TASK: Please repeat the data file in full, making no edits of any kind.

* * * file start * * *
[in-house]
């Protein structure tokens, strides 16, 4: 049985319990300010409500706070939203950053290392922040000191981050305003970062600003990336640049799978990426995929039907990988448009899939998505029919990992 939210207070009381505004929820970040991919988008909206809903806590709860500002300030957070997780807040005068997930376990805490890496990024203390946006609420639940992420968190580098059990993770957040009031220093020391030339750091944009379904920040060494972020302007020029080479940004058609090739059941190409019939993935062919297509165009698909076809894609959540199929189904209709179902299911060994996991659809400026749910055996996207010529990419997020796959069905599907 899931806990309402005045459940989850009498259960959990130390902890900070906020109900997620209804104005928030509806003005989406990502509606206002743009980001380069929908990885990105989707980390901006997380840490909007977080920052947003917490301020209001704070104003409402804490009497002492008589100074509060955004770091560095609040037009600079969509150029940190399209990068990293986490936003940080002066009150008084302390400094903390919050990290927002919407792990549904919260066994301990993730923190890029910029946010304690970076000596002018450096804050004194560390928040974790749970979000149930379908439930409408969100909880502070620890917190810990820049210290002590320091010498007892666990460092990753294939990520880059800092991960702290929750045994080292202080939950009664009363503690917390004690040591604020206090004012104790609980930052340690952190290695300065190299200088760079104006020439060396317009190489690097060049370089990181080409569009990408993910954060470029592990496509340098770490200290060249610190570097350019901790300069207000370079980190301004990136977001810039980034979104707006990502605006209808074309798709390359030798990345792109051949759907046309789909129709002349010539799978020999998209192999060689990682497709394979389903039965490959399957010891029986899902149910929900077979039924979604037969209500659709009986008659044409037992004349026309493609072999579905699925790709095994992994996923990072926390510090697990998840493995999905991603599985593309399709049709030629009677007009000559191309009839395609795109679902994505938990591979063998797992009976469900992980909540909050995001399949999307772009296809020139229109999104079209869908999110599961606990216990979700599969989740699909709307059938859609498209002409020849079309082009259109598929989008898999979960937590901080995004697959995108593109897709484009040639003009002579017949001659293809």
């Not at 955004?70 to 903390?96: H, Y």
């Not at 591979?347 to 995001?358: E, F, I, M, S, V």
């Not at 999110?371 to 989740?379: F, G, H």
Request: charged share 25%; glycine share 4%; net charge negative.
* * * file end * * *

[in-house]
């Protein structure tokens, strides 16, 4: 049985319990300010409500706070939203950053290392922040000191981050305003970062600003990336640049799978990426995929039907990988448009899939998505029919990992 939210207070009381505004929820970040991919988008909206809903806590709860500002300030957070997780807040005068997930376990805490890496990024203390946006609420639940992420968190580098059990993770957040009031220093020391030339750091944009379904920040060494972020302007020029080479940004058609090739059941190409019939993935062919297509165009698909076809894609959540199929189904209709179902299911060994996991659809400026749910055996996207010529990419997020796959069905599907 899931806990309402005045459940989850009498259960959990130390902890900070906020109900997620209804104005928030509806003005989406990502509606206002743009980001380069929908990885990105989707980390901006997380840490909007977080920052947003917490301020209001704070104003409402804490009497002492008589100074509060955004770091560095609040037009600079969509150029940190399209990068990293986490936003940080002066009150008084302390400094903390919050990290927002919407792990549904919260066994301990993730923190890029910029946010304690970076000596002018450096804050004194560390928040974790749970979000149930379908439930409408969100909880502070620890917190810990820049210290002590320091010498007892666990460092990753294939990520880059800092991960702290929750045994080292202080939950009664009363503690917390004690040591604020206090004012104790609980930052340690952190290695300065190299200088760079104006020439060396317009190489690097060049370089990181080409569009990408993910954060470029592990496509340098770490200290060249610190570097350019901790300069207000370079980190301004990136977001810039980034979104707006990502605006209808074309798709390359030798990345792109051949759907046309789909129709002349010539799978020999998209192999060689990682497709394979389903039965490959399957010891029986899902149910929900077979039924979604037969209500659709009986008659044409037992004349026309493609072999579905699925790709095994992994996923990072926390510090697990998840493995999905991603599985593309399709049709030629009677007009000559191309009839395609795109679902994505938990591979063998797992009976469900992980909540909050995001399949999307772009296809020139229109999104079209869908999110599961606990216990979700599969989740699909709307059938859609498209002409020849079309082009259109598929989008898999979960937590901080995004697959995108593109897709484009040639003009002579017949001659293809």
């Not at 955004?70 to 903390?96: H, Y």
């Not at 591979?347 to 995001?358: E, F, I, M, S, V």
């Not at 999110?371 to 989740?379: F, G, H």
Request: charged share 25%; glycine share 4%; net charge negative.